Last night BAM's Eat Drink & Be Literary series featured playwright and actor Wallace Shawn. The warm BAMcafe was packed with convivial Brooklyn liberals, listening in rapt attention as Shawn read from his insightful new book of essays (called Essays), which explore the contradictions of being a lefty man of privilege who's "up to my neck in being an American, whether I like it or not." During the Q&A that followed, moderator Daniel Menaker asked Shawn about his dogged political dissidence and wondered, "Why don't you just give up?" After a long pause, Shawn replied:

Well, I'm still alive. I'm not extinguished. This is a grim moment and, you know, between irrationality and greed (if you're going list qualities that are dangerous), the planet is terribly threatened and a lot of people are being squashed as we sit here. But in my lifetime I have seen political action have some effect. And for me to give up, while still keeping everything that I have, I would be actively making things worse every day without even any attempt to make them better. I mean, I do believe that our lives are rather harmful, just by leading the bourgeois life that most of the people in this room live, we are hurting other people and we are certainly allowing much more violent things than we see in our own lives to be done to people we don't see in other countries. We're doing stuff every day and it would be quite unseemly for us, probably, to give up.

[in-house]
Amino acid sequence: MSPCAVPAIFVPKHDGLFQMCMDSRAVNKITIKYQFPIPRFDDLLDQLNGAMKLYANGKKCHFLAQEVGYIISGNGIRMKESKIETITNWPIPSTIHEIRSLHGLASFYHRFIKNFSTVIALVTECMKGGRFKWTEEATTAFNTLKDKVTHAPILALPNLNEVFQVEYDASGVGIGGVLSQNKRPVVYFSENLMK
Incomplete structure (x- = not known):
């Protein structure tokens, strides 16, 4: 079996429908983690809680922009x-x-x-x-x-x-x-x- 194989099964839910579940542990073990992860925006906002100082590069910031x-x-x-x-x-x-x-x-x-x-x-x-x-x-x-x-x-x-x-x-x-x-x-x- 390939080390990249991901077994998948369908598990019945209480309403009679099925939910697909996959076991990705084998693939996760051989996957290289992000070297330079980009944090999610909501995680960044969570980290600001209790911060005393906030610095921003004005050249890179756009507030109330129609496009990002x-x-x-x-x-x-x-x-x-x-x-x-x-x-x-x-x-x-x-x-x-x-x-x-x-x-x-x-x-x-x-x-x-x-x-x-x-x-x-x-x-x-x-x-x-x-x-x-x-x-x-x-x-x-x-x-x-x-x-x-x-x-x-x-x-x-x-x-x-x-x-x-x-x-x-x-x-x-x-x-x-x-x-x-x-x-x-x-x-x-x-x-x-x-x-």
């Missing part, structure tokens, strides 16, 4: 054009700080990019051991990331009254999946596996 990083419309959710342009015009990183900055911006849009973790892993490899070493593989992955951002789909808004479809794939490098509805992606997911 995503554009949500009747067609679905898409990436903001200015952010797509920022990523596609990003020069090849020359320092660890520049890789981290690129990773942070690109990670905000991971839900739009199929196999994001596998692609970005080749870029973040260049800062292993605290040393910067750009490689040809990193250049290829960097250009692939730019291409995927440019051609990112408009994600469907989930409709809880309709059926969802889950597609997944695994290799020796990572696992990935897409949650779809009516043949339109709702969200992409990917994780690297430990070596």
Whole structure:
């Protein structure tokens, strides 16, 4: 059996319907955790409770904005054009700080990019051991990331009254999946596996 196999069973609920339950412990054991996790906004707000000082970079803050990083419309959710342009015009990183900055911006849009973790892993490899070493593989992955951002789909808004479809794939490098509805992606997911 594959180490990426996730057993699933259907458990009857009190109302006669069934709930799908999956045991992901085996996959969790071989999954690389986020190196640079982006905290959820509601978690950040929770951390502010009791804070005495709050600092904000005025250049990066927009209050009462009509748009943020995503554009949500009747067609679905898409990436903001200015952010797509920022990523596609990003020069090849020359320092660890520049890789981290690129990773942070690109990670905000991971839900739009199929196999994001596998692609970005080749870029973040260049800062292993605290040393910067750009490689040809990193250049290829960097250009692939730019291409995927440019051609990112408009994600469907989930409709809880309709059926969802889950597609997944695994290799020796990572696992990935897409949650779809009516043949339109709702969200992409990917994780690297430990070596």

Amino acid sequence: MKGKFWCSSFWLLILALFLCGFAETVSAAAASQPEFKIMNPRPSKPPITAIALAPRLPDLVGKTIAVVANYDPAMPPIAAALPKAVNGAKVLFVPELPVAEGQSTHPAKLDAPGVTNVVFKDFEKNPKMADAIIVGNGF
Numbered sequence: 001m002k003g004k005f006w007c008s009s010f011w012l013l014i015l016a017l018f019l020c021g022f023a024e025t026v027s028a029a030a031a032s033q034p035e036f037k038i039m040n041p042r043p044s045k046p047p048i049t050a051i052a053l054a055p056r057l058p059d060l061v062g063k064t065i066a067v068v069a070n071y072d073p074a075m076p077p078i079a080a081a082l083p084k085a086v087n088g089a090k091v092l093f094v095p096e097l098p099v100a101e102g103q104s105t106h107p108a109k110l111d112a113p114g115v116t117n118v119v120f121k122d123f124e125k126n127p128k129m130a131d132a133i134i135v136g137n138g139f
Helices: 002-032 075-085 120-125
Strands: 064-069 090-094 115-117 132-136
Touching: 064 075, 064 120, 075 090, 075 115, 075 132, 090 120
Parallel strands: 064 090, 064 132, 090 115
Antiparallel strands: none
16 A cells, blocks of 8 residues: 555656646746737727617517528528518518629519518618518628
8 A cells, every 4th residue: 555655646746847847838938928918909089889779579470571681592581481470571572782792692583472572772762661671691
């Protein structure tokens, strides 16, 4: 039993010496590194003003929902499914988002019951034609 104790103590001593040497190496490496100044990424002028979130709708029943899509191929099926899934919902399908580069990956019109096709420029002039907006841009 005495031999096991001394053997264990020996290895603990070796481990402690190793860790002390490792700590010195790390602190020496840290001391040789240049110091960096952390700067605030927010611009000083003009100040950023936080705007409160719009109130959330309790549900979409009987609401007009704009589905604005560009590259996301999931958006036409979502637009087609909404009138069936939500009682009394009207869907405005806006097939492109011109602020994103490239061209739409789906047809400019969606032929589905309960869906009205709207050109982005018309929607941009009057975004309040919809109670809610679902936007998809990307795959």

It was a funny exchange to listen to while sipping wine on a full stomach. If you've never gone to one of these Eat Drink & Be Literary events, do yourself a favor and check it out. For $52 (including tax/tip) it's a pretty good deal; the buffet is surprisingly good, there's abundant vino, and a lively discussion typically breaks out by the end of the night, with the usual unhinged person ranting at the stage. A new block of tickets is going on sale for some of the sold out nights, which include E.L. Doctorow, Sam Lipsyte, and Sam Shepard. And "Wally Week" continues tonight; Shawn will read at a fundraiser for Revolution Books, then "discusses human nature with a communist," Andy Zee.